The accidents because natural disasters can also damage

The quest for
higher economic growth has brought Indonesia to a new level of energy
consumption. A growing number of energy sources have been developed to fulfil
its energy demand. However the extensive use of energy has caused new problems
such as greenhouse gas emissions and natural resources depletion. Thus,
Indonesian government needs to think the best alternative which can meet its
energy demand but also preserve the environment. Nuclear power is often believed
as the only alternative. However, this essay will argue that nuclear power
should not be developed in Indonesia by considering three aspects which are
safety, cost and environment.

Julie Bishop, former
Australian Minister for Education, Science and Training contends that nuclear
power is the safest energy production system (2006). She argues that nuclear
power is up to 1000 times safer than other systems, such as hydro-electricity
and fossil-fuelled power stations. The latest reactor design, she says, is equipped
with high safety features to avoid accidents. However, nuclear power is not
totally safe. Fifty seven accidents have occurred since the Chernobyl accident (Sovacool,
2012). These accidents show that the claim, that
nuclear power is safe, is just political rhetoric behind nuclear supporters (Sovacool,
2012). It is clear that safety features which have
been installed to nuclear power stations may not guarantee the power stations
free from accidents because natural disasters can also damage the reactors (Robock,
2014). For this reason, building nuclear reactor in Indonesia is very risky
since Indonesia is prone to natural disasters (Yap, 2016). Another point that
makes the nuclear power is not the safest choice is the radioactive exposure
during the mining may lead to lung cancer (Robock, 2014).

According to
Nuclear Energy Institute (2017), nuclear power is a low cost electricity
generation. This organization asserts that uranium, which is used as fuel in
nuclear power stations, has a cheap and stable price. It can produce large
amount of energy from a very small size of the material (Nuclear Energy Institute, 2017). However, as World Nuclear Association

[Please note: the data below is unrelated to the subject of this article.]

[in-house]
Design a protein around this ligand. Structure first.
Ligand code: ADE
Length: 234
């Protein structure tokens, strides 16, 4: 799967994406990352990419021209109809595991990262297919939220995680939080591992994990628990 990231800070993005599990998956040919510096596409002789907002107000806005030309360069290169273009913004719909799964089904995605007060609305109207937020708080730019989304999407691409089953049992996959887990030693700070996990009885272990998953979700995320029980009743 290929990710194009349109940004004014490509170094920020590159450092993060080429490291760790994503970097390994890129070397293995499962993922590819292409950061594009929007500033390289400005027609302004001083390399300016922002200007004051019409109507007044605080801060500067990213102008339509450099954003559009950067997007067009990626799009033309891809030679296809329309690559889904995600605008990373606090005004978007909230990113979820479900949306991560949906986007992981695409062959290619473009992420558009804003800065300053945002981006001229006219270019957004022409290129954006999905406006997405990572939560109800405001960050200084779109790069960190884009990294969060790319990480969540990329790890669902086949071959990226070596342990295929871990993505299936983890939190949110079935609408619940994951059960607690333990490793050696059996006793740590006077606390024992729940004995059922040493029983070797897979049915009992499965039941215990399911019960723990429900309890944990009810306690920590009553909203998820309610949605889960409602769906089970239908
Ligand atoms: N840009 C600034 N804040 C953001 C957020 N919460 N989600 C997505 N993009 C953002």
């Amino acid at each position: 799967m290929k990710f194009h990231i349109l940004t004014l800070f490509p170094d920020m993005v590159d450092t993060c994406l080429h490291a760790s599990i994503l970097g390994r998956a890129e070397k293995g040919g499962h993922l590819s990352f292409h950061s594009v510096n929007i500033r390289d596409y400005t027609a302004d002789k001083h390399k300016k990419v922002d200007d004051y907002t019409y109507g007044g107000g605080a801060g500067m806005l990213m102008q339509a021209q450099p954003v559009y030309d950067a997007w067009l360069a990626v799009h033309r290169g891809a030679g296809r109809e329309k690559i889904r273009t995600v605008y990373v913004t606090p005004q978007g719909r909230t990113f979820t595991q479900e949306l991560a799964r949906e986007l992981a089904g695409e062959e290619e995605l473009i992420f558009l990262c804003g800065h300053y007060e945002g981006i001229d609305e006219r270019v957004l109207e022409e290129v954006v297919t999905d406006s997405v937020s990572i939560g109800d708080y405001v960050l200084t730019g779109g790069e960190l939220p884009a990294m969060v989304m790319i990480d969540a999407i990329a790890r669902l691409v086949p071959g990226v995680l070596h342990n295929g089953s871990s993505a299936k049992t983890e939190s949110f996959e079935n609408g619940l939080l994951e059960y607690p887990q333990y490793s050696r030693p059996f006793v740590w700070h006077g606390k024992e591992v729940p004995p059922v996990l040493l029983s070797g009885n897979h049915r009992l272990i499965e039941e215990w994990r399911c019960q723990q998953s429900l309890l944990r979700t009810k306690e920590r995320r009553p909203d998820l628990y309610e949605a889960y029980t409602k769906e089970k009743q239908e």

(2017) explains, setting up a nuclear power station is very expensive. In fact,
the construction cost of a nuclear power plant is significantly higher than coal
or gas-fired plant (World Nuclear Association, 2017). In addition, the price
for building new nuclear facilities is fluctuated and has surged dramatically
in recent years (Schlissel,
2008). Furthermore, renewable energy is cheaper
than nuclear power (Sauven, 2017). For
example, the cost of electricity generation from the latest offshore wind is
about £70/MWh which is lower compared to Hinkley
C nuclear plant which is around £92.50/MWh (“The Guardian View”, 2017).

 It has been argued that nuclear power makes
minor contribution to greenhouse gas emissions (Bishop, 2016). Nuclear power
plants, so this argument goes, produce a small amount of carbon dioxide during their
operation. Unlike coal-fired electricity this power plant does not emit others
harmful gases such us sulphur dioxide, methane, or nitrogen oxide (Bishop,
2016). However, nuclear power is not completely free from greenhouse gas
emissions. In fact, nuclear power produces a large amount of greenhouse gases
through some of its nuclear processes, such as mining and enrichment (World Information Service on Energy, 2005). In addition, a number of study show that a
nuclear power plant emits the same quantity of greenhouse gases as some renewable
energy sources do (World
Information Service on Energy, 2005).

In conclusion, considering much evidence refuting
the benefits of nuclear
power such as, safety issue, high cost and harmful impact on environment,
Indonesia should not use it as the solution for its energy demand and reducing
greenhouse gas emission. It would be better to use renewable energy because of
its low cost and environmentally-friendly. In addition, Indonesia is blessed
with abundant of renewable energy sources (Erinofiardi et al., 2017, p.317).


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